Eric Hobsbawm writes:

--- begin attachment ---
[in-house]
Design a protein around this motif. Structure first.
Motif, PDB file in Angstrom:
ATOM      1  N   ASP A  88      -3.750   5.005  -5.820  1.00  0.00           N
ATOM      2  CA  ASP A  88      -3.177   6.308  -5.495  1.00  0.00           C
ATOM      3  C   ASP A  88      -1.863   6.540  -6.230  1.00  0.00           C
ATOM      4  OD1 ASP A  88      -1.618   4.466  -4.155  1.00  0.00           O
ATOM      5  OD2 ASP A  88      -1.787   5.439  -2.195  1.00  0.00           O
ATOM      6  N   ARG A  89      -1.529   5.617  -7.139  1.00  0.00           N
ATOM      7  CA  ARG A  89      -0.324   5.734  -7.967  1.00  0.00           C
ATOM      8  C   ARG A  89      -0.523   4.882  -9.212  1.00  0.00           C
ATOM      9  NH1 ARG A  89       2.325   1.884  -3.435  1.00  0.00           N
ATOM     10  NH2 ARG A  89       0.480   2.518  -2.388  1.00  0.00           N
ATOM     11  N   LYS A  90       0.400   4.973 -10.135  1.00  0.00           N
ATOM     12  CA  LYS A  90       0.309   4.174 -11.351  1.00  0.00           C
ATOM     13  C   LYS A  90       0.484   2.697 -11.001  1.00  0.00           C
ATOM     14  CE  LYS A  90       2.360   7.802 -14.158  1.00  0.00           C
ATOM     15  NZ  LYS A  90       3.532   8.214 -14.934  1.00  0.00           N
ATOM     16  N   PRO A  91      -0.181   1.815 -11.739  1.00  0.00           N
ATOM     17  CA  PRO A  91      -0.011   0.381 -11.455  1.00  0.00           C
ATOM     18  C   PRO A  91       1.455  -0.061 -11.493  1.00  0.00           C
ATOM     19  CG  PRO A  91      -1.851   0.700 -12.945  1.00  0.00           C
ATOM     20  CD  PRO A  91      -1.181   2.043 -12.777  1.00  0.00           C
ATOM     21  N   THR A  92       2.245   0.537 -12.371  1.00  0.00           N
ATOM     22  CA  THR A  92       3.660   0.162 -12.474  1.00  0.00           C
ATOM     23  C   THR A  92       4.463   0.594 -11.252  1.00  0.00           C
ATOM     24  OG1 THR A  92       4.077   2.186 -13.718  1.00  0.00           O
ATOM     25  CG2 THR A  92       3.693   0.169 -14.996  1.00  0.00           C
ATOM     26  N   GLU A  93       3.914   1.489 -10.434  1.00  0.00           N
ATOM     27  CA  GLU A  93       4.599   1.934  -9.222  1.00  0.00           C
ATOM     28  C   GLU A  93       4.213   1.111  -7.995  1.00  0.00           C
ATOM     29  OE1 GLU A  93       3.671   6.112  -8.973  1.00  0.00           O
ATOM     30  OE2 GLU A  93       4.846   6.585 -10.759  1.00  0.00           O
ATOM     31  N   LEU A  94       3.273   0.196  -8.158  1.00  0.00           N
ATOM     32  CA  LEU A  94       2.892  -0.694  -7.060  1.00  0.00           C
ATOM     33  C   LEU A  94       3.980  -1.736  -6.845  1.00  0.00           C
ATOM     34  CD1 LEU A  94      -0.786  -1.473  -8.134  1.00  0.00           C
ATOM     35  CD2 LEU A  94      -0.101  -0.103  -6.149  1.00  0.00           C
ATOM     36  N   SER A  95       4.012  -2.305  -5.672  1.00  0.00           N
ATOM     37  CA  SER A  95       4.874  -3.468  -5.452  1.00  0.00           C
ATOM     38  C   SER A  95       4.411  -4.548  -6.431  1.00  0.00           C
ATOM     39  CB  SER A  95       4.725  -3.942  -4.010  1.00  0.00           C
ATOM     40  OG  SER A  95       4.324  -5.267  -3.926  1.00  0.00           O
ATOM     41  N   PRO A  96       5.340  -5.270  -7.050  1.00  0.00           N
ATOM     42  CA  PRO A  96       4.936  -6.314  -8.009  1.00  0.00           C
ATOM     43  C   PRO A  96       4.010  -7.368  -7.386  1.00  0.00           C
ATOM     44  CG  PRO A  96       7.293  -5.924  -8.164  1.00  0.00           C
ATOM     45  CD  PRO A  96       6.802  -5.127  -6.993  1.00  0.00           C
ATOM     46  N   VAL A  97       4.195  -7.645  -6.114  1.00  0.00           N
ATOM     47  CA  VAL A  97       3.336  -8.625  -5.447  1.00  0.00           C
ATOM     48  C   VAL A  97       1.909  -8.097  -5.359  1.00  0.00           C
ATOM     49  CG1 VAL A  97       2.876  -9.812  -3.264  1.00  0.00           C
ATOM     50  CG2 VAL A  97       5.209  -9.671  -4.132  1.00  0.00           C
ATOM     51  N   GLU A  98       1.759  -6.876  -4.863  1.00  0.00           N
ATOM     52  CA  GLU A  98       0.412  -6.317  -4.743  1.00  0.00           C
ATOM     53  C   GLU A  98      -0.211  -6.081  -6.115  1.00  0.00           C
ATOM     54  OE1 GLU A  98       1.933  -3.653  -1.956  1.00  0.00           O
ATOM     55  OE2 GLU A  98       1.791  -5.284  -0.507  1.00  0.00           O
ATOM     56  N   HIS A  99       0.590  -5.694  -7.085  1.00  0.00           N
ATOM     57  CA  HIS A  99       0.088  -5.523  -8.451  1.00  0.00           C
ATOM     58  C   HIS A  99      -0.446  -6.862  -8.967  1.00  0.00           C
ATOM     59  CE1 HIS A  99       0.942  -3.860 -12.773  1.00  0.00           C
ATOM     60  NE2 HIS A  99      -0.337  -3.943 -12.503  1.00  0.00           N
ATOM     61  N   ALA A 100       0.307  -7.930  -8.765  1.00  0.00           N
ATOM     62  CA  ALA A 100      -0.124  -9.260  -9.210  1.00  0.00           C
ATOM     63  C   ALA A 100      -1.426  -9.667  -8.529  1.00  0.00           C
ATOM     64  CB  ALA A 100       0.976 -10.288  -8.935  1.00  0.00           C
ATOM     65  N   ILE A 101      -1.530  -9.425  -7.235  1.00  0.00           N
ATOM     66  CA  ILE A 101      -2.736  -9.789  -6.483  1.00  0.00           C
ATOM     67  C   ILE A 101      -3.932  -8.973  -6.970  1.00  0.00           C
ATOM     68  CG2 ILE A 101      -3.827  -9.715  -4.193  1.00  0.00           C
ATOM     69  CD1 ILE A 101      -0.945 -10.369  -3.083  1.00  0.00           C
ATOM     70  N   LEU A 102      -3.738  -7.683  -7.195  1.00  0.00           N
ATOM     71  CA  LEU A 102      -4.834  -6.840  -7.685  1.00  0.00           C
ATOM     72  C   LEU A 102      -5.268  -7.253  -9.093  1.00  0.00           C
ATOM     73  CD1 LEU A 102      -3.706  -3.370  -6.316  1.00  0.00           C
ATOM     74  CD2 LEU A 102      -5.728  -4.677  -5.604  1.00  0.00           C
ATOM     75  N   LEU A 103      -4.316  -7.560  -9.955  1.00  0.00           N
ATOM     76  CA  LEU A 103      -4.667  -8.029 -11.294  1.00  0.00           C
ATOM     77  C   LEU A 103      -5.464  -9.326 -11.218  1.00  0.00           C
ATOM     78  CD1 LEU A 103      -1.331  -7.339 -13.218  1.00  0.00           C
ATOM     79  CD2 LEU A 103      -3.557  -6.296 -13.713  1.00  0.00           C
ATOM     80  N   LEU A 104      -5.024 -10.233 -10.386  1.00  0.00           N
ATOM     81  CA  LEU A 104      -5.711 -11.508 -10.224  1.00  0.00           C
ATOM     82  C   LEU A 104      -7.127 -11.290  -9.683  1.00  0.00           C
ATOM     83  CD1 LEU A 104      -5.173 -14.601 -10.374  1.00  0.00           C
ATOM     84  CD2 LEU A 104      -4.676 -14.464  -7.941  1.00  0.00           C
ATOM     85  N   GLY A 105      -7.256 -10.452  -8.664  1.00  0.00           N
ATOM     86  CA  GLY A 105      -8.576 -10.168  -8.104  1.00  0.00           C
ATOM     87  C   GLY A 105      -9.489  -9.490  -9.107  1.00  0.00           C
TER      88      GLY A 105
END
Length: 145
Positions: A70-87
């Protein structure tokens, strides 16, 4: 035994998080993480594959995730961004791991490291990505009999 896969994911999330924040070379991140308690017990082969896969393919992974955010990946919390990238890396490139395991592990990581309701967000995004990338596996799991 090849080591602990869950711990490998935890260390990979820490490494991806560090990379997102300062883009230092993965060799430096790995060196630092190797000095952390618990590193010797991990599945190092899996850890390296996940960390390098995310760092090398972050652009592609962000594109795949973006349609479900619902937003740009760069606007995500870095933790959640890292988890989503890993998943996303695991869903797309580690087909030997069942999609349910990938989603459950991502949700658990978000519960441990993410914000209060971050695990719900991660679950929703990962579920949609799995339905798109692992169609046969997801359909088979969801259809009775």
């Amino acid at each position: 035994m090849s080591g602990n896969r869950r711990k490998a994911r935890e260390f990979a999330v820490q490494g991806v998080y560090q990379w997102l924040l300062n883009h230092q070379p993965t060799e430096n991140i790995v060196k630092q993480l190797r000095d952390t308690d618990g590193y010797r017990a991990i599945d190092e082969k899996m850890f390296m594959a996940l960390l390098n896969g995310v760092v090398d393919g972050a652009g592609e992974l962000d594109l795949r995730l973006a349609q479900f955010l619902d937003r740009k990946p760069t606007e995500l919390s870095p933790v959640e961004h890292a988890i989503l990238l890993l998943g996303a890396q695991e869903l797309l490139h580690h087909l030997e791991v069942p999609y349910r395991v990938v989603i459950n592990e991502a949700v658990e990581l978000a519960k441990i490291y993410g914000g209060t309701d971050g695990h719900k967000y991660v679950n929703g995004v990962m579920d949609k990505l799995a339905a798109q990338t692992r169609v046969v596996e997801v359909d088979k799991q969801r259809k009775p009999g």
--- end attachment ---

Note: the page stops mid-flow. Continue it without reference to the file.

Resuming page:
The great debate about ‘The Two Cultures’ divided the arts and sciences in Cambridge, and the intellectual pages of Britain, in the late 1950s and early 1960s, but is now hardly remembered, memorialised only in Stefan Collini’s edition of the 1959 Rede Lecture. This lecture was a claim for the centrality of science and an attack on ‘literary intellectuals’ by the now almost forgotten C.P. Snow; unjustly forgotten, because his ponderous novels about hope, power and prestige tell us much about the public and academic life of his period. In a sense the debate was about the 1930s, the scientists’ age of glory and the disappointed poets’ low, dishonest or otherwise depreciable decade. In a narrower sense it represented a rearguard local engagement between arts intellectuals and Cambridge’s self-confident natural scientists, well on the way to their 83 Nobel prizes, who knew that the future greatness (and funding) of the university would essentially be in their hands. Probably nothing irritated arts dons more than the scientists’ certainty that the future was theirs. In a wider sense, it was about the relation between reason and imagination. In Snow’s view the scientists had both, and the literary intellectuals were fatally hobbled by their ignorance and suspicion of science and the future. Only one of the two cultures really counted.